As an aside, I was stunned a few weeks ago when Bill Gates was on The Daily Show with Jon Stewart and spent 15 minutes talking about the Windows Vista launch with no mention of the incredible work that his foundation is doing. Gates is changing the shape of philanthropy and this was a great time to talk about it to a large, young population who probably doesn’t think at all about gift-giving. My wife suggested the explanation—she is a professional fundraiser—that the Gates Foundation likely depends on the success of Microsoft for their financial ability to pursue their high goals. So, Gates wasn’t actually wasting an opportunity on The Daily Show by being a salesman, he was simply trying to maximize the capabilities of his Foundation by promoting Vista sales. Maybe.

Oy, I’m a Mac

I snapped this photo today of a poster ad with my cellphone while in a London Tube station. Looks like the Apple vs PC characters are a little different in England than in the US. In my opinion, the PC guy doesn’t look as nerdy as the American version, and the Mac person looks more like a footballer than a Gen-Y hipster—he’s more likely to beat you up than help you download cool tunes. In fact, it looks like the Mac bloke is about to give the PC chap a right good thumping!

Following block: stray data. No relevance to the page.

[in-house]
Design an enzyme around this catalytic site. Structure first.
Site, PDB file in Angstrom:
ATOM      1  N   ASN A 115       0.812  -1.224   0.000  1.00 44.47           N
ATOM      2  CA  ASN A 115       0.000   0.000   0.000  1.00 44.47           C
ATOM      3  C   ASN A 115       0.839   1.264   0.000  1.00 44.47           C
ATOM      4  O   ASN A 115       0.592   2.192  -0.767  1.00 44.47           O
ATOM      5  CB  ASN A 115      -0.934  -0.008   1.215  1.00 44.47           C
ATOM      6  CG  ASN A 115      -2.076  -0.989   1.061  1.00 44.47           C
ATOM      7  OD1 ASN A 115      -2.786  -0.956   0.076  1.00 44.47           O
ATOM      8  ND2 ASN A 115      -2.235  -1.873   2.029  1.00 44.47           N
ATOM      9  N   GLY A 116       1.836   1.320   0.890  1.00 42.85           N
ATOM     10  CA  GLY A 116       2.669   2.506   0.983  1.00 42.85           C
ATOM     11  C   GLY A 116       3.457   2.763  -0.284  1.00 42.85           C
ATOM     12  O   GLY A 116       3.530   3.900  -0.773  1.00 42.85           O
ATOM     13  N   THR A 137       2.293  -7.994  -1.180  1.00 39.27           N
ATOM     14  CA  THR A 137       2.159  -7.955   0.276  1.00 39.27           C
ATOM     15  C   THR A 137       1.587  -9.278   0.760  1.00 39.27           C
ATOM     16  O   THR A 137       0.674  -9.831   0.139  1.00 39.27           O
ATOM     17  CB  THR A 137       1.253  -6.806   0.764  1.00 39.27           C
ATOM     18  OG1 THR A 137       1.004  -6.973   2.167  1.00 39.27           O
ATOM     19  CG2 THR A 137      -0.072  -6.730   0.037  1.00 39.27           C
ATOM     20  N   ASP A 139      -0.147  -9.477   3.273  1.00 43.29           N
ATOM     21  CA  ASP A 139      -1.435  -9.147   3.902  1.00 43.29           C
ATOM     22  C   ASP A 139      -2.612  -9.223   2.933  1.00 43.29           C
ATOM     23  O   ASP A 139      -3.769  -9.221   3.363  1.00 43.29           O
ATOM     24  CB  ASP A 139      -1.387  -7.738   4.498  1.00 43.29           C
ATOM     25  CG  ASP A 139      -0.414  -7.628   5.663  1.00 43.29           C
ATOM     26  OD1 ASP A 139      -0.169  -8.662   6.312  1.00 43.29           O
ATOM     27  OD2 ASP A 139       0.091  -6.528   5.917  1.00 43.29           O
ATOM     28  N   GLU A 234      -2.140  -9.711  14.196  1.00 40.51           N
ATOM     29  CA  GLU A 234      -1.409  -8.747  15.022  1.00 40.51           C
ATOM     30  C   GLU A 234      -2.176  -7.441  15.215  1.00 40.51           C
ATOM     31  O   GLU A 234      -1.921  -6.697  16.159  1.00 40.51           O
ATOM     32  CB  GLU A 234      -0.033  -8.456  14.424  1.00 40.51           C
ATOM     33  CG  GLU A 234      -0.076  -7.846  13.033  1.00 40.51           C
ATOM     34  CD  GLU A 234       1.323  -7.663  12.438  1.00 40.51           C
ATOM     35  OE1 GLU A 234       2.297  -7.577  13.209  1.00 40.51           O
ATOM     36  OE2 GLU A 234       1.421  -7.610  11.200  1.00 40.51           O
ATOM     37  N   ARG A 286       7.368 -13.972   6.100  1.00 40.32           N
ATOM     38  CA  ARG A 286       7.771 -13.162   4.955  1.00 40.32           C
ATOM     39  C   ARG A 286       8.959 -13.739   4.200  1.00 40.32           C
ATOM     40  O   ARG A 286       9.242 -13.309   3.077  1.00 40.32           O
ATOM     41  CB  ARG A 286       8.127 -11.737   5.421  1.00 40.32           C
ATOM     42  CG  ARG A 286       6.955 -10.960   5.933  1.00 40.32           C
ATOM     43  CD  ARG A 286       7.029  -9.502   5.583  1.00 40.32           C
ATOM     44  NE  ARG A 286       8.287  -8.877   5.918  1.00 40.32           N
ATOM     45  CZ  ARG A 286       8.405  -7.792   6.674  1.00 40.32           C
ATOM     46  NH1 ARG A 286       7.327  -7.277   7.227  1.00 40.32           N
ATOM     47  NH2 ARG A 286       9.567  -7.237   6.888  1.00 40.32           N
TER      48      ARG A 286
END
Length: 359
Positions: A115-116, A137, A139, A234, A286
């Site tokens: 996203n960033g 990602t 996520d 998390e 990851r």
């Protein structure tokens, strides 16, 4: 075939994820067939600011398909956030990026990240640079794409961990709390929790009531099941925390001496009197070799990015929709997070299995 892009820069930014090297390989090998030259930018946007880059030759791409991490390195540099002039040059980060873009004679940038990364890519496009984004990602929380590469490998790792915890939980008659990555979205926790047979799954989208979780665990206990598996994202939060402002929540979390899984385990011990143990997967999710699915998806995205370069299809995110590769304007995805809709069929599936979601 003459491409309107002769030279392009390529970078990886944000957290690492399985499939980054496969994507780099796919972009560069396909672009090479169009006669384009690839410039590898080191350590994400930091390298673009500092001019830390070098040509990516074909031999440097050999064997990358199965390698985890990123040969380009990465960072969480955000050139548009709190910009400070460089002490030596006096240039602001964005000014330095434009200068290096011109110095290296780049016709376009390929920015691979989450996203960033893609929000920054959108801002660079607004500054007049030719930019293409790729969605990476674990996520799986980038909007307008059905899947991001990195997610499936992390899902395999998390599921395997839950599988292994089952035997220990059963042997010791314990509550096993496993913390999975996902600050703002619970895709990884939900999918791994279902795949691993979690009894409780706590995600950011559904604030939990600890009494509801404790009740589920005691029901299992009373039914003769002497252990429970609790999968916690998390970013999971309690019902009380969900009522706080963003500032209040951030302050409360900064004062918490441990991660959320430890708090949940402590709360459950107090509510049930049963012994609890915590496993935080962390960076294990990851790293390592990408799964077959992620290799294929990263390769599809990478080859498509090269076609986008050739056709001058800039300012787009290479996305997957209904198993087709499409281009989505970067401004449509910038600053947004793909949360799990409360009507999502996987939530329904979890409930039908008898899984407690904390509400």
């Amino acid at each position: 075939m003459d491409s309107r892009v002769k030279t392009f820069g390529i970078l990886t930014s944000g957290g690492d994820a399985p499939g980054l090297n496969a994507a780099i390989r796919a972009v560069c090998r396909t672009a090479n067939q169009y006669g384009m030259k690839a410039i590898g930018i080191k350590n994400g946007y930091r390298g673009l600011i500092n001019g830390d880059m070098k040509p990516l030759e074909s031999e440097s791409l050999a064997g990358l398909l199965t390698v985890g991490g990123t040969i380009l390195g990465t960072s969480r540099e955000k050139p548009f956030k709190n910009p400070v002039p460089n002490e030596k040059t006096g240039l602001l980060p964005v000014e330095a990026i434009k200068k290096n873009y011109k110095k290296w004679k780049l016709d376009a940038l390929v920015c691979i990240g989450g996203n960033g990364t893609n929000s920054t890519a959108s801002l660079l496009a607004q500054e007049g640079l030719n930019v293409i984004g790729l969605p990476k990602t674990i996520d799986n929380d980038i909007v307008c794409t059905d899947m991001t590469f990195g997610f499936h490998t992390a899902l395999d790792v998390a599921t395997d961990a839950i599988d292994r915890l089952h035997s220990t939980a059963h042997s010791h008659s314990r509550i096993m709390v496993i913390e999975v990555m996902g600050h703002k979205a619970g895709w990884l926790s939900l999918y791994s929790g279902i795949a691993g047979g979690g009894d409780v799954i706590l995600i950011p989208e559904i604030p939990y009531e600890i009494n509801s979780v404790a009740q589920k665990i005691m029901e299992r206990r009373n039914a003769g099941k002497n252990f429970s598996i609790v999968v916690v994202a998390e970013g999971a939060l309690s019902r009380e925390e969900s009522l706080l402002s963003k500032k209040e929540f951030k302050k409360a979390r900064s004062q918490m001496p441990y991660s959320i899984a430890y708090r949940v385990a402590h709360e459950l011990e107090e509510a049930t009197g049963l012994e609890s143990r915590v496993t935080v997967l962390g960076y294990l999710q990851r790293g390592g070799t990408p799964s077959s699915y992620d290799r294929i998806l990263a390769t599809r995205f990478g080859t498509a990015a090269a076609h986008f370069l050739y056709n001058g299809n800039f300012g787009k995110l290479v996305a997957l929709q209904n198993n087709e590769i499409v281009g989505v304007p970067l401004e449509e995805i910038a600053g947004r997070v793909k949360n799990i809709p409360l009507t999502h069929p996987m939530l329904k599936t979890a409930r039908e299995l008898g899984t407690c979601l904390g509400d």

Getting Plaxoed

Plaxo is a great contact management service that has been begging to be integrated with other Web 2.0 services. Now it has.

Plaxo is a free, easy-to-use contact management service that synchronizes your Outlook contacts with a web-accessible contact list, and allows the contacts on one computer to be synchronized with contact lists other computers, which it does with ease (ast least with Outlook and Outlook Express).

Not only that, it has a push system among Plaxo members exemplified as follows. A friend of mine who is a Plaxo member recently modified their cell phone number in their own Outlook contact entry and that information automatically got modified in both my Outlook contact lists. If everyone were a Plaxo member, keeping up with contact info would be effortless.